The validation procedures described above also inform our determination of the appropriate fair value measurement classification.  We utilize a three-level valuation hierarchy for disclosure of fair value measurement. The valuation hierarchy is based upon the transparency of inputs to the valuation of an asset or liability as of the measurement date. A financial instrument's categorization within the hierarchy is based upon the lowest level of input that is significant to the fair value measurement. There were no transfers between hierarchy levels during the three months ended March 31, 2012 and 2011. The three levels of hierarchy are defined as follows:
Level 1 Inputs —Quoted prices (unadjusted) for identical unrestricted assets and liabilities in active markets that are accessible at the measurement date.
Level 2 Inputs —Quoted prices for similar assets and liabilities in active markets; quoted prices for identical or similar instruments in markets that are not active; and model-derived valuations whose inputs are observable or whose significant value drivers are observable.
Level 3 Inputs —Instruments with primarily unobservable market data that cannot be corroborated.
The following table provides a summary of our assets and liabilities that are measured at fair value on a recurring basis as of March 31, 2012 and December 31, 2011 (dollars in millions):

14



 
Fair Value Hierarchy
 
Level 1
 
Level 2
 
Level 3
March 31, 2012
 
 
 
 
 
Assets:
 
 
 
 
 
Agency securities
$

 
$
80,570

 
$

U.S. Treasury futures
24

 

 

Interest rate swaps

 
65

 

Other derivative instruments

 
95

 

Total
$
24

 
$
80,730

 
$

Liabilities:
 
 
 
 
 
Obligation to return U.S. Treasury securities borrowed under reverse repurchase agreements
$
3,816

 
$

 
$

Interest rate swaps

 
806

 

Other derivative instruments

 
21

 

Total
$
3,816


$
827


$

 
 
 
 
 
 
December 31, 2011
 
 
 
 
 
Assets:
 
 
 
 
 
Agency securities
$

 
$
54,683

 
$

U.S. Treasury securities
101

 

 

Interest rate swaps

 
13

 

Other derivative instruments

 
69

 

Total
$
101

 
$
54,765

 
$

Liabilities:
 
 
 
 
 
Obligation to return U.S. Treasury securities borrowed under reverse repurchase agreements
$
899

 
$

 
$

U.S. Treasury futures
14

 

 

Interest rate swaps

 
795

 

Other derivative instruments

 
44

 

Total
$
913


$
839

 
$


Note 8. Stockholders' Equity  
Equity Offerings
In March 2012, we completed a public offering in which 71 million shares of our common stock were sold to the underwriters at a price of $29.00 per share.  The underwriters in the offering sold the shares of our common stock in one or more transactions on the Nasdaq Global Select Market, in the over-the-counter market, through negotiated transactions or otherwise at market prices prevailing at the time of sale. Upon completion of the offering we received proceeds, net of offering expenses, of approximately $2.1 billion.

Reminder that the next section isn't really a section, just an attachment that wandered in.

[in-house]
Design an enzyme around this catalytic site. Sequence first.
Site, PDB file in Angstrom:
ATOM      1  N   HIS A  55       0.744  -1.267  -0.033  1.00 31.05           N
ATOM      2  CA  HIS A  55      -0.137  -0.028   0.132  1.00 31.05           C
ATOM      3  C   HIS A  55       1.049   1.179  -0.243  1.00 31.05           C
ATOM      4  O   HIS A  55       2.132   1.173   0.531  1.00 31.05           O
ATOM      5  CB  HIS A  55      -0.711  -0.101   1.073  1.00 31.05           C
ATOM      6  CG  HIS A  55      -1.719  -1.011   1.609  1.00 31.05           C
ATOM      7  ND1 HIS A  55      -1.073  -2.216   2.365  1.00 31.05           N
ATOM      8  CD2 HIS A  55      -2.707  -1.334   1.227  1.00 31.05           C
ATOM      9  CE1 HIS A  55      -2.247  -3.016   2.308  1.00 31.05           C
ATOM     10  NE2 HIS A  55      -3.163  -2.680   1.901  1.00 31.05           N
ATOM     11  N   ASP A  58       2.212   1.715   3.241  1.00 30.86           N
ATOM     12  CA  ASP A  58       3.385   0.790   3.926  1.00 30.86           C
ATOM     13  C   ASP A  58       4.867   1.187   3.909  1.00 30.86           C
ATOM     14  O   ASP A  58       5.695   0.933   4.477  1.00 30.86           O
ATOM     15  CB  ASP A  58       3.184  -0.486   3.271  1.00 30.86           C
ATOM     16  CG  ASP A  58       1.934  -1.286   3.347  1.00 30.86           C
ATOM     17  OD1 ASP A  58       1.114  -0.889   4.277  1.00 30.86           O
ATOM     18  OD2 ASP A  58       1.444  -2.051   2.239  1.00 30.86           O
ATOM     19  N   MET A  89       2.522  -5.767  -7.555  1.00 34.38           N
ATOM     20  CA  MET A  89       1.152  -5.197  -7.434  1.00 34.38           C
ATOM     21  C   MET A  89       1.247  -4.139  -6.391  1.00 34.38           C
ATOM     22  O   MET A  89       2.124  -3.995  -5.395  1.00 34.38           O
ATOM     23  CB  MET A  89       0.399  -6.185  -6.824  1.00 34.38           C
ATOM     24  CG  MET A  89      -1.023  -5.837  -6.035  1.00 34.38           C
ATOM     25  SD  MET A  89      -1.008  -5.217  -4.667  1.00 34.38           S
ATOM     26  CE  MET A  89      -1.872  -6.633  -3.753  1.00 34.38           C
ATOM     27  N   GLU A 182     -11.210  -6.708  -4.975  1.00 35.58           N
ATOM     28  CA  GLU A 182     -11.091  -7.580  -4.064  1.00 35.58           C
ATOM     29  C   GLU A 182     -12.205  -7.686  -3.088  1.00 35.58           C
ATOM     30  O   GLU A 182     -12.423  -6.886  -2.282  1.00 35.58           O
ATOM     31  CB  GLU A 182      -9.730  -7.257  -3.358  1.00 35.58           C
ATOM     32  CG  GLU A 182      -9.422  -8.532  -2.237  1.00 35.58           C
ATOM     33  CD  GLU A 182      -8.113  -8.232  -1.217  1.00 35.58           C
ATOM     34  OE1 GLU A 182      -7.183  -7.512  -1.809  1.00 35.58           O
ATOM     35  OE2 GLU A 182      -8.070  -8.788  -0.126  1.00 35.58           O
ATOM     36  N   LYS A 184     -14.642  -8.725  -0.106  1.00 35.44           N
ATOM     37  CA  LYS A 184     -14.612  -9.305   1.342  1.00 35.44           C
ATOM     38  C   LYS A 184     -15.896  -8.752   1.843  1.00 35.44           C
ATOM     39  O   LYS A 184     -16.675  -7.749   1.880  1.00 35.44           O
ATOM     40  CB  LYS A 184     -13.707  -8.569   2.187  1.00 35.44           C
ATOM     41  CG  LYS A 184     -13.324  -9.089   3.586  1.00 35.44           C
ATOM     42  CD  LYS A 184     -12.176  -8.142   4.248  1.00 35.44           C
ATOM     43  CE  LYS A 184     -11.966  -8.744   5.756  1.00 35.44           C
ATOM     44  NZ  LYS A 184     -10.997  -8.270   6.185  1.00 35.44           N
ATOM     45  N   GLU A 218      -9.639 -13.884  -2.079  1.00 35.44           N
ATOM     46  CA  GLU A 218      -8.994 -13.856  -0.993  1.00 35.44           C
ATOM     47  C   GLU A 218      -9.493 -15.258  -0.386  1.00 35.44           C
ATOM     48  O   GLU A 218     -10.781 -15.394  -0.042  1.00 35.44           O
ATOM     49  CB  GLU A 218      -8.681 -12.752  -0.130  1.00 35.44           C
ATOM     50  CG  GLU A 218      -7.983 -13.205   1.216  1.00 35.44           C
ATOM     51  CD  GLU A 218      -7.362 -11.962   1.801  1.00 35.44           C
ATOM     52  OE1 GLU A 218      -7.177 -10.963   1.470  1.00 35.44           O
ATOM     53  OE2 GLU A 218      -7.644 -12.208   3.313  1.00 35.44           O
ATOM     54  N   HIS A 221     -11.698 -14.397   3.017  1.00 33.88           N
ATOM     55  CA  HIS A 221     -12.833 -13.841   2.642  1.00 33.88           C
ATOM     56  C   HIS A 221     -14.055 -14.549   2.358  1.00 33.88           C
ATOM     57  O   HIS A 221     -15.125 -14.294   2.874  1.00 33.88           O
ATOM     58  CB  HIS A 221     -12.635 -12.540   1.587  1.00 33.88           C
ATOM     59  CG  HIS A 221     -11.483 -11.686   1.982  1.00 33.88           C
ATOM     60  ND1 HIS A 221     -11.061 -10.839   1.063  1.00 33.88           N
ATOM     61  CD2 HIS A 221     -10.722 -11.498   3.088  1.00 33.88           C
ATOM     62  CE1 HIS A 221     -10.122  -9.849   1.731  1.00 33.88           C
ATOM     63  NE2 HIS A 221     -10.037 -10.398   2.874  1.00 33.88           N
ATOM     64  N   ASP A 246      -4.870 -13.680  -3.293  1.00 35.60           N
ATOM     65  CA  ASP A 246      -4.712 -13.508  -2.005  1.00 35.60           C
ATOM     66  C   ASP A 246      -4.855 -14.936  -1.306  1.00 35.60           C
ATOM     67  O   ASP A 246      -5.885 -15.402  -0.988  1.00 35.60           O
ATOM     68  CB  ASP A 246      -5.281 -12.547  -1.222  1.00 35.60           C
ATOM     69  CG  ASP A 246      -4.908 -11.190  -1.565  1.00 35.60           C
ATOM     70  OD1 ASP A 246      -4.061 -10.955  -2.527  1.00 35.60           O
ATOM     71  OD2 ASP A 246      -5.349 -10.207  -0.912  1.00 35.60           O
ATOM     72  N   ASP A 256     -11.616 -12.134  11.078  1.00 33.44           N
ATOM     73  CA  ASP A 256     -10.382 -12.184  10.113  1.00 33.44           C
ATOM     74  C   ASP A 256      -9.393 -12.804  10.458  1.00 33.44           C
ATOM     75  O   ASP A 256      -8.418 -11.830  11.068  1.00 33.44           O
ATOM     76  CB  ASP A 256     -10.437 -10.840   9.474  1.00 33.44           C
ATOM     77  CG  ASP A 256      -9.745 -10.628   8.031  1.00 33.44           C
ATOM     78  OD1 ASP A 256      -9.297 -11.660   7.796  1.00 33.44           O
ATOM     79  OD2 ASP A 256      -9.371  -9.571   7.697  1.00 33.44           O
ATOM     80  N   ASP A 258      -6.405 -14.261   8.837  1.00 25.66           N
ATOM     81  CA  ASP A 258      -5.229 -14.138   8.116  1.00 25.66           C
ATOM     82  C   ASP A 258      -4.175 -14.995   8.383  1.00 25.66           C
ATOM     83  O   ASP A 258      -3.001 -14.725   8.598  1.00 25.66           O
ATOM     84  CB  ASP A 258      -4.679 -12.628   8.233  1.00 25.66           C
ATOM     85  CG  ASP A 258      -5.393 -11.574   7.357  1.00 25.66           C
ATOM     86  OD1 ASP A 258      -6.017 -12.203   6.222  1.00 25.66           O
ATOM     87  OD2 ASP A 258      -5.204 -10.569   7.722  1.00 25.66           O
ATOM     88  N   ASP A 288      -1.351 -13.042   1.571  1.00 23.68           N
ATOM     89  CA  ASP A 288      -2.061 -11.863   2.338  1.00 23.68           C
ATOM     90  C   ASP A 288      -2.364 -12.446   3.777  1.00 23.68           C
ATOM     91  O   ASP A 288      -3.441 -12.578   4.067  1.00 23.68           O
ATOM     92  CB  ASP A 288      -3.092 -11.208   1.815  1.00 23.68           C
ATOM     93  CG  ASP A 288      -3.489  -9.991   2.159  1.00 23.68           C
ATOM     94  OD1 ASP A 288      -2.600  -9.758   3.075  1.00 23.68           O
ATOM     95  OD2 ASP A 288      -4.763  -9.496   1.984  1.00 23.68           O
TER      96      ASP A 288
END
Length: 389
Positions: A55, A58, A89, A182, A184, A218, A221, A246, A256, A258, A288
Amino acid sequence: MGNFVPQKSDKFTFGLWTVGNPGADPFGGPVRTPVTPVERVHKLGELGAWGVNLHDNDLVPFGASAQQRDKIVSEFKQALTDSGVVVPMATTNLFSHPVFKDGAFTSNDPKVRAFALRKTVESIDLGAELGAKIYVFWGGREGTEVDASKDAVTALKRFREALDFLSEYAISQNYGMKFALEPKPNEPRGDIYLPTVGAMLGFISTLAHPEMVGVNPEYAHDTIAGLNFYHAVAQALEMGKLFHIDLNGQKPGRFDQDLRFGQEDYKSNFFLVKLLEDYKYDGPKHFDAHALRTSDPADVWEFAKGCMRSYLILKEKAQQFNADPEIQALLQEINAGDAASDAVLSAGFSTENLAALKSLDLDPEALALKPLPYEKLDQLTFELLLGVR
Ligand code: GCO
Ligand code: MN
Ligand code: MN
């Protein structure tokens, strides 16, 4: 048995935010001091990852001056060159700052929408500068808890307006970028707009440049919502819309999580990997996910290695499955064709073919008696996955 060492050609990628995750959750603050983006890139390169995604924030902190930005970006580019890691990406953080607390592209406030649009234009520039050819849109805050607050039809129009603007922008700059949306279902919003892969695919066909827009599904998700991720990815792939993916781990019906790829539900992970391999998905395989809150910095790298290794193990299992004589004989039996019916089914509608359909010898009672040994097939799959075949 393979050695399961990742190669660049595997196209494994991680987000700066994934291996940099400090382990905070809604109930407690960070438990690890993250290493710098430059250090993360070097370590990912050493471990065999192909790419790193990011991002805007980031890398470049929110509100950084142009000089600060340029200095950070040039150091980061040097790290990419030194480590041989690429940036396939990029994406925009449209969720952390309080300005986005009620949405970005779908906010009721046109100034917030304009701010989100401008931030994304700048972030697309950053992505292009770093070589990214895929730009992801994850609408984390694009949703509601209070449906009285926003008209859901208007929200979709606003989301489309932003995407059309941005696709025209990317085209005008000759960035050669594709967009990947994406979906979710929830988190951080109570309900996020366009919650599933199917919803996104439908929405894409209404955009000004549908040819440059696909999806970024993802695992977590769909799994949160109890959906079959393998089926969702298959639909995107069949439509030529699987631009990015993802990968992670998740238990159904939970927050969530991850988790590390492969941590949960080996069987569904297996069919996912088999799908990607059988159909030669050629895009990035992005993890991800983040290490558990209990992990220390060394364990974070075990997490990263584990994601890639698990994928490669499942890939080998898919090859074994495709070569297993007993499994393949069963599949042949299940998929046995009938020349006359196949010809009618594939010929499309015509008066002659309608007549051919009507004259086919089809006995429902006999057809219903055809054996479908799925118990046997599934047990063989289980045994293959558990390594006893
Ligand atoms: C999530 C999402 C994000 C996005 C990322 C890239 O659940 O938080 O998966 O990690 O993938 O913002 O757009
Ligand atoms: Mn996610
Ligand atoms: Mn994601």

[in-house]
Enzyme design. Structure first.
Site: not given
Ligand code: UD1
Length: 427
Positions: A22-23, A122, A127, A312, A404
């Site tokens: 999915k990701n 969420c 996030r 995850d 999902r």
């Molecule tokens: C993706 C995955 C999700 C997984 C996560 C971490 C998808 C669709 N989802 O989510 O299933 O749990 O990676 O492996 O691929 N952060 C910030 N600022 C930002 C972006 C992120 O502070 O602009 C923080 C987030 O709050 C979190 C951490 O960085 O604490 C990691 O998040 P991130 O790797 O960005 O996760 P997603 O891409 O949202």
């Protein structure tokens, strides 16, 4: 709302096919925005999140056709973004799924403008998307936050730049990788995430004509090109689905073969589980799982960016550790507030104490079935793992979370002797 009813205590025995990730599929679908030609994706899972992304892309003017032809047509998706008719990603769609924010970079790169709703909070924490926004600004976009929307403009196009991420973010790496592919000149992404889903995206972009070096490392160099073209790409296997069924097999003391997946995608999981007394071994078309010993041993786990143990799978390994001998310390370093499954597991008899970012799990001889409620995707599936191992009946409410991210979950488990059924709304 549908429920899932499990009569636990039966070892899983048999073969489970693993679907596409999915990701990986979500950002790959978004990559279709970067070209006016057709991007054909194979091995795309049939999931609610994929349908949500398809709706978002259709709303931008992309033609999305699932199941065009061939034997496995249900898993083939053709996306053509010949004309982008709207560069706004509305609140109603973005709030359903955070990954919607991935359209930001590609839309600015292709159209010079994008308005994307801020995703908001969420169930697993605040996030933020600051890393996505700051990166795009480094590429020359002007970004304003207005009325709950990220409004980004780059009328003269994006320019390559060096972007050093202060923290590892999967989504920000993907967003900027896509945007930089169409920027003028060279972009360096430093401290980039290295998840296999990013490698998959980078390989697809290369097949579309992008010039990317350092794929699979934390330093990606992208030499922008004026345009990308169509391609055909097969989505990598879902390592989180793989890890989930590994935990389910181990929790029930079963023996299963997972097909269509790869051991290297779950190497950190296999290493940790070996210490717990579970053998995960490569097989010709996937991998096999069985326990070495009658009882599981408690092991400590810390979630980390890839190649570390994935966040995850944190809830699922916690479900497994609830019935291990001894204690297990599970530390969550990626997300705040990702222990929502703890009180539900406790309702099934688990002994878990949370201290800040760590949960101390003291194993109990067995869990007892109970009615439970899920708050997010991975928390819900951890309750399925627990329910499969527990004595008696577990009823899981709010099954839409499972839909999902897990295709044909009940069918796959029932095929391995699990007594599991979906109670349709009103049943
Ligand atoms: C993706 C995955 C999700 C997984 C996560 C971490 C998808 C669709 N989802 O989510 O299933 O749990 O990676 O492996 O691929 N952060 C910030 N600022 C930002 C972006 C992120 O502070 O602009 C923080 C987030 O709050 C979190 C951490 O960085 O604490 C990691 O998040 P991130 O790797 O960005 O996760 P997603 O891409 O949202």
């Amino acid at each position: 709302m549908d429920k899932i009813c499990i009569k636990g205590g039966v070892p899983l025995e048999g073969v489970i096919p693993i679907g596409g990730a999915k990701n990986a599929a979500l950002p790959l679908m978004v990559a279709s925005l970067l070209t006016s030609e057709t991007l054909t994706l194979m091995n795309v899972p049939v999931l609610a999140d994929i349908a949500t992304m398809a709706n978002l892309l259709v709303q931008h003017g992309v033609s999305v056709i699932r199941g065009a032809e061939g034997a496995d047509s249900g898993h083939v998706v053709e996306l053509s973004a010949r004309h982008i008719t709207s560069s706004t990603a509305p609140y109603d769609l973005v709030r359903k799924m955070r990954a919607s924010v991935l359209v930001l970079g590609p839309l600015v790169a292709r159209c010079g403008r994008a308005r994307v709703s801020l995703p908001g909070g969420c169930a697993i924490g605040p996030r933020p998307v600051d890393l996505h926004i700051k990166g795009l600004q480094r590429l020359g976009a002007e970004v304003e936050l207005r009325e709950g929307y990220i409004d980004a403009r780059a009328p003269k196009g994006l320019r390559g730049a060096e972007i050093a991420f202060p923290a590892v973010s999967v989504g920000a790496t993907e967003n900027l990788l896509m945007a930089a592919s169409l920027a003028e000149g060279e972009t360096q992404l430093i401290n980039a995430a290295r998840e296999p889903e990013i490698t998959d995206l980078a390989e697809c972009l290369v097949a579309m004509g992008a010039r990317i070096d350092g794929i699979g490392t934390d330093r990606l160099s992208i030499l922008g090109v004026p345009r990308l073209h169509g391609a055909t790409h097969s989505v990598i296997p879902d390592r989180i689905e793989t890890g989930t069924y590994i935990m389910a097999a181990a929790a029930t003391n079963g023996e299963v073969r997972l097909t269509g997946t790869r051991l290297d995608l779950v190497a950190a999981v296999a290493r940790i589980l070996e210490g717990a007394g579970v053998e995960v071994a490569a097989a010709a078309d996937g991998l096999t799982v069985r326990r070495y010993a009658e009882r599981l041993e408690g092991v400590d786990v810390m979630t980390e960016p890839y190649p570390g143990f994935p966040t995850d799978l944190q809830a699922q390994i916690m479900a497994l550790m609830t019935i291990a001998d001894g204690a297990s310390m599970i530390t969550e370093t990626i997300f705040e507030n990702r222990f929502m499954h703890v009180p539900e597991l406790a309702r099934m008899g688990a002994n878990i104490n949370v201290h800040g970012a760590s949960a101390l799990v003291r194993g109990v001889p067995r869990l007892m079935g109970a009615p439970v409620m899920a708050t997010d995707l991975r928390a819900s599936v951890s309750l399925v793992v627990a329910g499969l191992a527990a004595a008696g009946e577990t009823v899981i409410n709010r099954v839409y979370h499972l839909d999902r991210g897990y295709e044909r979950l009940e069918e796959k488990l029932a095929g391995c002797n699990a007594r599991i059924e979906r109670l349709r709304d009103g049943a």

At-the-Market Offering Program
We have sales agreements with underwriters to publicly offer and sell shares of our common stock in privately negotiated and/or at-the-market transactions from time-to-time. During the three months ended March 31, 2012, we sold 5 million shares of our common stock under a sales agreement at an average offering price of $30.70 per share for proceeds, net of the underwriter’s discount and other program costs, of $142 million. As of March 31, 2012, 21 million shares remain under the sales agreements.
Dividend Reinvestment and Direct Stock Purchase Plan
We sponsor a dividend reinvestment and direct stock purchase plan through which stockholders may purchase additional shares of our common stock by reinvesting some or all of the cash dividends received on shares of our common stock. Stockholders may also make optional cash purchases of shares of our common stock subject to certain limitations detailed in the plan prospectus. During the three months ended March 31, 2012, there were no shares issued under the plan. As of March 31, 2012, 5 million shares remain under the plan.

Note 9. Subsequent Event  
In April 2012, we completed a public offering in which 7 million shares of our Series A Cumulative Redeemable Preferred Stock ("Series A Preferred Stock") were sold to the underwriters at a price of $24.21 per share. Upon completion of the offering we received proceeds, net of the underwriters' discount and offering expenses, of approximately $167 million. Our Series A Preferred Stock has no stated maturity and is not subject to any sinking fund or mandatory redemption. Under certain circumstances upon a change of control, the Series A Preferred Stock is convertible to shares of our common stock. Holders of Series A Preferred Stock have no voting rights, except under limited conditions, and holders are entitled to receive cumulative cash dividends at a rate of 8.00% per annum of the $25.00 per share liquidation preference before holders of our common stock are entitled to receive any dividends. Shares of our Series A Preferred Stock are redeemable at $25.00 per share plus accumulated and unpaid dividends (whether or not declared) exclusively at our option commencing on April 5, 2017, or earlier under certain circumstances intended to preserve our qualification as a REIT for Federal income tax purposes. Dividends are payable quarterly in arrears on the 15th day of each January, April, July and October.